INDIANAPOLIS – NFL Players Association executive director DeMaurice Smith says the salary cap will rise to about $130 million in 2014 and addressed complaints about its slow growth Friday during his annual address to agents at the scouting combine.
But the union continues to stress patience and try to shift the conversation away from financial returns three seasons into a 10-year collective-bargaining agreement, focusing instead on issues such as players' transitions to careers after football.
"It's not to say that economics aren't important," Smith said. "The cap is going to be approximately 130 (million per team, up from $123 million in 2013). That's great. But we have a share-of-revenue deal. If revenues go up, so do players' shares of revenue. …
"Obviously, we hear the scuttlebutt and the critics about the new deal and looking at the 2009 cap – well, we touched on it briefly in there, but one of the big changes in this deal and one of the big issues for our player leadership while we were negotiating in a lockout was, don't have a myopic focus on the cap if you miss what the (cash) spend is."
The cap was a record $127.997 million in 2009, the last capped year under the old CBA. It dropped to $120.375 million in 2011, when 4½ months of business were lost to a lockout, then went to $120.6 million in 2012 and $123 million in 2013.
Critics point to the league's record revenues as evidence the cap should be rising much more quickly than that. The union counters the 2011 CBA emphasizes cash over cap spending on player salaries and benefits, which exceeded $10 billion over the first two years of the deal.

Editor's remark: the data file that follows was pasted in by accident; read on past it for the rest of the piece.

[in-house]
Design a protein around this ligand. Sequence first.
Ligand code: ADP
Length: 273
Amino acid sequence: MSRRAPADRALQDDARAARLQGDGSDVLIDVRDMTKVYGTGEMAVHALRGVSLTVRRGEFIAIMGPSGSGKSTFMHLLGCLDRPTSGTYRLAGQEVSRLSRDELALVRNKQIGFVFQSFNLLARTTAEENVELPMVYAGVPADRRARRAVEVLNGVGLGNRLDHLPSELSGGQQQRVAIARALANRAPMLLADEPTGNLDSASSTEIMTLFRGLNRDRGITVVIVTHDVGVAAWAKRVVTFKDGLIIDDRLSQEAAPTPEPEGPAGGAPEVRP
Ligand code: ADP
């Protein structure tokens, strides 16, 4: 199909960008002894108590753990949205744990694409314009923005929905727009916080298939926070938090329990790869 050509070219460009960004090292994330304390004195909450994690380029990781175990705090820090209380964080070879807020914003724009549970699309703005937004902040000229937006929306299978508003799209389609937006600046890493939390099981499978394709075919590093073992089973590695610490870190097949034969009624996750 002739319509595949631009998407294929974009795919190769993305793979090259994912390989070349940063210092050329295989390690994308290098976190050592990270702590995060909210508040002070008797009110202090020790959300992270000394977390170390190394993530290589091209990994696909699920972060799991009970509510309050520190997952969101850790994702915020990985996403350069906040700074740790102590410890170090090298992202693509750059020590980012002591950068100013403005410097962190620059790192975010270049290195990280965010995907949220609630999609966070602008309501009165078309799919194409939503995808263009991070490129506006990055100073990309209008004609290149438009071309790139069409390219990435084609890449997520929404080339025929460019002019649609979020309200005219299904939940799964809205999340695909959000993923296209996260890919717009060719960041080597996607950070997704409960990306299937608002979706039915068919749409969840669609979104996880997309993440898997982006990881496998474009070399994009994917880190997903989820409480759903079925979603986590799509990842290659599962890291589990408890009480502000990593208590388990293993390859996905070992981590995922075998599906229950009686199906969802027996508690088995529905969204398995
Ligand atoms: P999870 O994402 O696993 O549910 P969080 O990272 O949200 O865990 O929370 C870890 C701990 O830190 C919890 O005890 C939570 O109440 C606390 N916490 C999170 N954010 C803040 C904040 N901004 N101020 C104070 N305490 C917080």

"We had a great small group meeting with agents yesterday and talked about the deal," Smith said. "We talked about the spends. We talked about transition. We talked about injuries. This is a player-led organization, not an agent-led organization, and for agents who have concerns, they're happy to express them, but I don't get elected by agents."
The union also held a session with a small group of reporters Friday to reiterate the structure of the 2011 deal, which gave them 55% of revenue from TV deals, 45% of revenue from league properties and 40% of local revenue.
The agreement includes spending minimums of 89% per team and 95% league-wide of the cap in cash over a four-year period from 2013 to '16 and from 2017 to '20, combating teams who regularly left their cap space unused under the old deal.
George Atallah, the NFLPA's assistant executive director of external affairs, said players' share of revenue dropped from 52.7% in 2006 to 50.6% in 2009 and 47.6% in the uncapped year of 2010, before the lockout began in March 2011.
"So what's really the cap?" Smith said. "I can tell you that, if you work for us, 'Hey, this year, we've increased the budget for your salary by 35%.' Are you happy? No. You want to know whether I'm going to spend 35% more on your salary than what I've budgeted for."
Friday's meeting with agents also was scheduled to include a presentation from NFLPA director of performance Mark Verstegen on optimizing career productivity, longevity and transition – key initiatives the union hopes agents can help the union push for years to come.
"The message is what the business of football is for our players, what it means for our union and for our agents," Smith said. "Economics is important, so obviously, we touch on it, but so is transition, so is medical care and so is worker's comp.
"We come here and it marks the transition of our players into football. Every now and then, people spend far more time on things like cap analysis, salary cap space, free agency, franchise tags – all those things have to do with transitioning into football or transitioning while you're in football.
"I think the challenge for our agent community and for everybody else is to apply that same rigor and discipline to transition for our players coming out of football."